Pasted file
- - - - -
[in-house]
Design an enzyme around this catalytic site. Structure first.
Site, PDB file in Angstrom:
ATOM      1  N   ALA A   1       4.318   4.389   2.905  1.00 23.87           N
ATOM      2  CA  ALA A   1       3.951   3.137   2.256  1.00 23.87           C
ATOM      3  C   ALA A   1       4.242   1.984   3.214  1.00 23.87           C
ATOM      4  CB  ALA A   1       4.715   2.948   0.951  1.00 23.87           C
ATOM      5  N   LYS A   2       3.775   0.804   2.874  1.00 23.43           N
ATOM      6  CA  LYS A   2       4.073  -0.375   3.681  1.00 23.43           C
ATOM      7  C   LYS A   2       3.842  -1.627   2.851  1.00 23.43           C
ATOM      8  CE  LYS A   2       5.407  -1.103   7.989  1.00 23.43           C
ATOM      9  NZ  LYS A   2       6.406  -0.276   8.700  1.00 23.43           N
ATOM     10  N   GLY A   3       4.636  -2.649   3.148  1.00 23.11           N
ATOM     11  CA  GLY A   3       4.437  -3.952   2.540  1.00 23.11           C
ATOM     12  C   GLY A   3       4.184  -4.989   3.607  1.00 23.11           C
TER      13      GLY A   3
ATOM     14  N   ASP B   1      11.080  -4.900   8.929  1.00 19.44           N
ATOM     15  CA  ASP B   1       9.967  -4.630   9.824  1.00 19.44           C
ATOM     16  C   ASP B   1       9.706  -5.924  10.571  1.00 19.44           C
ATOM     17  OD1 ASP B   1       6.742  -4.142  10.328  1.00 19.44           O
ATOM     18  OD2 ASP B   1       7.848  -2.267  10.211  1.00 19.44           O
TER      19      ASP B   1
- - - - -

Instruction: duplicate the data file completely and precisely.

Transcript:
[in-house]
Design an enzyme around this catalytic site. Structure first.
Site, PDB file in Angstrom:
ATOM      1  N   ALA A   1       4.318   4.389   2.905  1.00 23.87           N
ATOM      2  CA  ALA A   1       3.951   3.137   2.256  1.00 23.87           C
ATOM      3  C   ALA A   1       4.242   1.984   3.214  1.00 23.87           C
ATOM      4  CB  ALA A   1       4.715   2.948   0.951  1.00 23.87           C
ATOM      5  N   LYS A   2       3.775   0.804   2.874  1.00 23.43           N
ATOM      6  CA  LYS A   2       4.073  -0.375   3.681  1.00 23.43           C
ATOM      7  C   LYS A   2       3.842  -1.627   2.851  1.00 23.43           C
ATOM      8  CE  LYS A   2       5.407  -1.103   7.989  1.00 23.43           C
ATOM      9  NZ  LYS A   2       6.406  -0.276   8.700  1.00 23.43           N
ATOM     10  N   GLY A   3       4.636  -2.649   3.148  1.00 23.11           N
ATOM     11  CA  GLY A   3       4.437  -3.952   2.540  1.00 23.11           C
ATOM     12  C   GLY A   3       4.184  -4.989   3.607  1.00 23.11           C
TER      13      GLY A   3
ATOM     14  N   ASP B   1      11.080  -4.900   8.929  1.00 19.44           N
ATOM     15  CA  ASP B   1       9.967  -4.630   9.824  1.00 19.44           C
ATOM     16  C   ASP B   1       9.706  -5.924  10.571  1.00 19.44           C
ATOM     17  OD1 ASP B   1       6.742  -4.142  10.328  1.00 19.44           O
ATOM     18  OD2 ASP B   1       7.848  -2.267  10.211  1.00 19.44           O
TER      19      ASP B   1